Dan Travis

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How did everyone become a Marathon Runner?

April 7, 2015 Uncategorized No Comments

It is the Marathon season in the UK this April so this week I am posting three extracts from my book ‘Running away from the Race’. The book examines why we have all become marathon runners.

Today, I will look at why people run such long distances and what drives them to do it.

John’s family say they are proud of his achievements. His friends claim they admire him for what he is doing. Publicly, his efforts thus far have given him several column inches in the local newspaper and there have been three articles in his adopted charity newsletter about his work. The finance company has honoured John at the company’s annual awards and he has been given 10 days holiday in Antigua and a weekend in Reykjavik. Several of John’s friends and one or two work associates say that it is John’s example that has inspired them to take up running and two of them have completed the London marathon. Ultimately, it is the feeling of personal achievement that gives John a sense of deep satisfaction. Combine this with the physical benefits of being very fit, it means his lifestyle has improved dramatically. At the present time, John is largely injury-free and is giving very serious consideration to entering his first full triathlon in 2013.

If one considers the amount of time and effort put into what the non-competitive runner is doing and combines it with the social and selfless act of raising not inconsiderable sums of money for charity, it is surprising how little attention they receive publicly. This is partially explained by the fact that the number of people raising money for charity through running is considerable and expanding. If you take into account that there are 140,000 runners in the London Marathon and 80% are running for charity, there is something approaching the size of an army that is fundraising off its own back. Local newspapers are already saturated with pieces concerning all manner of charity and fundraising. There simply are not the column inches available for all the individual instances of heroism and self-sacrifice that are generated by the running phenomenon.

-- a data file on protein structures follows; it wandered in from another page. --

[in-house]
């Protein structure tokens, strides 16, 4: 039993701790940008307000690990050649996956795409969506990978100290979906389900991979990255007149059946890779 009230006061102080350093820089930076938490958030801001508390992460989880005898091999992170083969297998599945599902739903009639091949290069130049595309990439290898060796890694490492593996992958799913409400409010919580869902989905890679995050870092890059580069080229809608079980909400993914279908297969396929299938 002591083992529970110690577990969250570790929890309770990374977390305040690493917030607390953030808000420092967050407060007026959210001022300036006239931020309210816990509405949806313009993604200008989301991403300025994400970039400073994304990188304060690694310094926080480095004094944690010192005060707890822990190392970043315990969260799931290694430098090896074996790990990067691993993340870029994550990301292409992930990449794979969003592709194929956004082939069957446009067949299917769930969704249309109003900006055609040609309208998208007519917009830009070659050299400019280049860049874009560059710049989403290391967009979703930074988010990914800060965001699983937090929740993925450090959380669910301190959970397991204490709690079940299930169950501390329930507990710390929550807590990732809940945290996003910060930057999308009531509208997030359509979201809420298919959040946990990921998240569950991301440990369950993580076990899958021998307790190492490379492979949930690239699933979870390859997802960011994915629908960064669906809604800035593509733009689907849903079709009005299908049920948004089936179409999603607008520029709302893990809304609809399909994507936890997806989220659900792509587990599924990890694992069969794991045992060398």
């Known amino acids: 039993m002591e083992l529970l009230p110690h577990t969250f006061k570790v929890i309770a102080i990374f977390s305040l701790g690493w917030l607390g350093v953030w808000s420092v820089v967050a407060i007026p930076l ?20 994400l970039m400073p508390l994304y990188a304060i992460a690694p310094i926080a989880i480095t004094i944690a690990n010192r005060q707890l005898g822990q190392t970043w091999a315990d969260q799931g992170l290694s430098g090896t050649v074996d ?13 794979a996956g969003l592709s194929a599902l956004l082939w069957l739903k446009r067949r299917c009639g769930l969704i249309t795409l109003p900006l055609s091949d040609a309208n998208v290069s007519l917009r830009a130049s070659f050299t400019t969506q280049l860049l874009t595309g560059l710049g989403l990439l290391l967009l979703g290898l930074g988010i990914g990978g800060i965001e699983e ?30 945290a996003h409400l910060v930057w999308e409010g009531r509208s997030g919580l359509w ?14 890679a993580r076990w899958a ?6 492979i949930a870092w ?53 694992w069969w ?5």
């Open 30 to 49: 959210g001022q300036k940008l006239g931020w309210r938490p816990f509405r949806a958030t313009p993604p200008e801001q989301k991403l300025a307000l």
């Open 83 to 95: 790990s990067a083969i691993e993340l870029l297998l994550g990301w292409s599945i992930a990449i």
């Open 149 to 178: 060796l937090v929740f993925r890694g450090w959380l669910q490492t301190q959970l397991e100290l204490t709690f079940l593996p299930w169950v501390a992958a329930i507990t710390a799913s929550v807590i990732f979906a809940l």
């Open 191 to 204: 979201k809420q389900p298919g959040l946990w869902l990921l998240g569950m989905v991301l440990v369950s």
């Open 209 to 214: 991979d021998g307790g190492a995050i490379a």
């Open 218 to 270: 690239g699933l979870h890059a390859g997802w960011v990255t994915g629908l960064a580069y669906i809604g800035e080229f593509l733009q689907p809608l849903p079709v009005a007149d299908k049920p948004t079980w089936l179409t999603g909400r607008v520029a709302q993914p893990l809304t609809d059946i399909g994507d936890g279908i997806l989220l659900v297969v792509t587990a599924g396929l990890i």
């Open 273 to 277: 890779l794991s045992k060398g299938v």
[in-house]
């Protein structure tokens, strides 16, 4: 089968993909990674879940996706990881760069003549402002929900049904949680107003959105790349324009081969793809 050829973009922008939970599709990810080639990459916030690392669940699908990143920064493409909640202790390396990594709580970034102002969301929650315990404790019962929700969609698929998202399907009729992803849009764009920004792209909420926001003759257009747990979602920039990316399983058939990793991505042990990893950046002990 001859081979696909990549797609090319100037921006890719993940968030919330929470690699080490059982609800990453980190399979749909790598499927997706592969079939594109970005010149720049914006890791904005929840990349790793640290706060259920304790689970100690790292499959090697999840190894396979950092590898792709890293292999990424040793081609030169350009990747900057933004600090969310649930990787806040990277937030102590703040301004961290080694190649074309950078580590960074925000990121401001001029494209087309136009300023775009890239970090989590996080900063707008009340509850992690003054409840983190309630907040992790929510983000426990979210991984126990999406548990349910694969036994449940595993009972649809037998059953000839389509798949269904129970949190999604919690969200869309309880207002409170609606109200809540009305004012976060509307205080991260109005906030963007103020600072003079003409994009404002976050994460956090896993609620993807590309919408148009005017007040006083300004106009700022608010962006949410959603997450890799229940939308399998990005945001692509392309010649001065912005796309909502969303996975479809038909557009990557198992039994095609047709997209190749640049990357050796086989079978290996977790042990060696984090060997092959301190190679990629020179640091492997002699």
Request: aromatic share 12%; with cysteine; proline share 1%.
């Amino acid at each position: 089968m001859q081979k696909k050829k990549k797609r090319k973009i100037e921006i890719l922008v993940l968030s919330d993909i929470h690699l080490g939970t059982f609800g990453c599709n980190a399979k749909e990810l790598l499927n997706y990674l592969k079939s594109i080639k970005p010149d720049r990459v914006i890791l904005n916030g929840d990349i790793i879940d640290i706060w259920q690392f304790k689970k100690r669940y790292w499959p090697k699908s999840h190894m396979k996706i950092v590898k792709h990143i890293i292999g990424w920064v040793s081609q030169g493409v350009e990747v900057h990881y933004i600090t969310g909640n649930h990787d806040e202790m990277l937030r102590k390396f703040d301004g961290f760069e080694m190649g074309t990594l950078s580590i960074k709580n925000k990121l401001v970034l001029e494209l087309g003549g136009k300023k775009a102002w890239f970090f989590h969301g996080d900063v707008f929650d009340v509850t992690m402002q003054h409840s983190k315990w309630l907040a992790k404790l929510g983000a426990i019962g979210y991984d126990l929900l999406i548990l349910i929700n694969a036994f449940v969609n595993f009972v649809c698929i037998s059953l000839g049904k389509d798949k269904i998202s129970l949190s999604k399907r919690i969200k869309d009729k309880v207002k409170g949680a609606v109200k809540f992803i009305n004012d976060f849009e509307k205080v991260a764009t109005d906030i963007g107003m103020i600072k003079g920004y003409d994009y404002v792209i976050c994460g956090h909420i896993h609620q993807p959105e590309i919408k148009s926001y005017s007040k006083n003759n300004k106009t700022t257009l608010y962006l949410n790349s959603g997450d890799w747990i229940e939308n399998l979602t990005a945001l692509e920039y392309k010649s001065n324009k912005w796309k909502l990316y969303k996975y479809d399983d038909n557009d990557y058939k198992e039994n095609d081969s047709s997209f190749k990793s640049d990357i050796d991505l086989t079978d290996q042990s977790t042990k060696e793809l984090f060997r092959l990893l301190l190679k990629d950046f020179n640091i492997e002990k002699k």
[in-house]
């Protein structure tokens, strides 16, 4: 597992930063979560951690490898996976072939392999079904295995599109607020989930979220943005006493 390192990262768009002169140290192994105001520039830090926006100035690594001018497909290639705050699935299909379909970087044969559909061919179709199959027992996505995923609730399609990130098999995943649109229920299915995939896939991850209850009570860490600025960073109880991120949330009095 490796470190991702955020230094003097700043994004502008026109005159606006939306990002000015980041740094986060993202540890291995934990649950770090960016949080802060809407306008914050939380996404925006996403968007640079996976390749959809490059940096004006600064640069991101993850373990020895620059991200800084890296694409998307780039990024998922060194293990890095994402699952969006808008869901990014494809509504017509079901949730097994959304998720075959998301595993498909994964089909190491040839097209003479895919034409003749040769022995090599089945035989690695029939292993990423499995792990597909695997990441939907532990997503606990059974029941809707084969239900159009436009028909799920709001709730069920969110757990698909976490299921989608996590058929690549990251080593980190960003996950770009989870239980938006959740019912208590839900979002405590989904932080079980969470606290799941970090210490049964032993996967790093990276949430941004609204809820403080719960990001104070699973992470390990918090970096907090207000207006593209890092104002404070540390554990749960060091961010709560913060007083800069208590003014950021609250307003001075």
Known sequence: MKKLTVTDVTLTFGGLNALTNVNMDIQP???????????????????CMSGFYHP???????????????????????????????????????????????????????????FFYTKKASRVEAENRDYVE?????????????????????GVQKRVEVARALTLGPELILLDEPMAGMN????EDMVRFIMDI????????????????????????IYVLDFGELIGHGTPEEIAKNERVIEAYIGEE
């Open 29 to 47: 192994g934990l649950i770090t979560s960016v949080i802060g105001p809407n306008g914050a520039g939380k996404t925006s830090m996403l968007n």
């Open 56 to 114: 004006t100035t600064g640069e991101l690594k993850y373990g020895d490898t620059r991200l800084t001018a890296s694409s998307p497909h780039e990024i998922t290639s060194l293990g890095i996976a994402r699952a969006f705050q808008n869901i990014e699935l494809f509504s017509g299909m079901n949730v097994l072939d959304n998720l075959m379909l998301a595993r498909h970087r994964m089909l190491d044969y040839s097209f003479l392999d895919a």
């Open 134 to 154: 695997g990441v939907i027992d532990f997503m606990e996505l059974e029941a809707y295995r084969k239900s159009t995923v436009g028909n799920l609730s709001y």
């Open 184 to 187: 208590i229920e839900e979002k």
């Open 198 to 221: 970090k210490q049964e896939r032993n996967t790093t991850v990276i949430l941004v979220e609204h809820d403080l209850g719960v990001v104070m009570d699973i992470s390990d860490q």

To achieve any kind of notoriety, the stakes have to be raised to almost absurd levels. The distances run are increased and the sums raised for charity and good causes also escalate on par with them. Comedian David Walliams is a good illustration of this trend. Having swum the English Channel and almost (accidently) breaking the record for this feat, he went on to swim the length of the Thames. At its completion, the total raised for Sport Relief stood at £1.1million. Walliams swam an estimated 110,000 strokes over 140 miles in eight days. The celebrity adopting the role of the noble amateur stepping into the shoes of a professional is now an established feature of popular culture. Celebrities had long been running the London Marathon but in the noughties a new type of celebrity activity emerged. It was Eddie Izzard and his running feats in 2009 that illustrate the trend of the non-competitive runner. With his astonishing 43 consecutive marathons, Izzard demonstrates en extremis the accumulative trend of non-competitive running.

Aside from its novelty and Izzard being totally new to running, his feat was interesting on a number of levels. The first of these was his motivation to execute this punishing schedule in the first place.

“To say he did it for Sports Relief is true up to a point. The real reason is harder to fathom. He had to run 1,000 miles – 43 consecutive marathons – followed by a motorised rickshaw (with the camera crew) and an ice-cream van (with Flake 99s). To see him stumbling along in blinding rain, no cheers, no crowds, no pavements, carrying the sodden flag of the appropriate country, made you want to shout: “Excelsior!”
(4) Nancy Banks-Smith ‘The Guardian’ – Friday March 5th 2010

In order to avoid anonymity Izzard was forced into this extreme feat. Simultaneously, only a celebrity of Izzard’s stature could have obtained the necessary media coverage to justify such an undertaking. However, the fact that it had to be 43 marathons in a row shows how far the bar had been raised in terms of media attention. A single marathon once a year would fall well short. The stakes have been raised continually for nearly 30 years. Only an individual of Izzard’s standing could avoid anonymity for his efforts but he had to pay the price. As competition for public and media attention becomes fiercer, it seems to encourage the more extreme and ever more bizarre.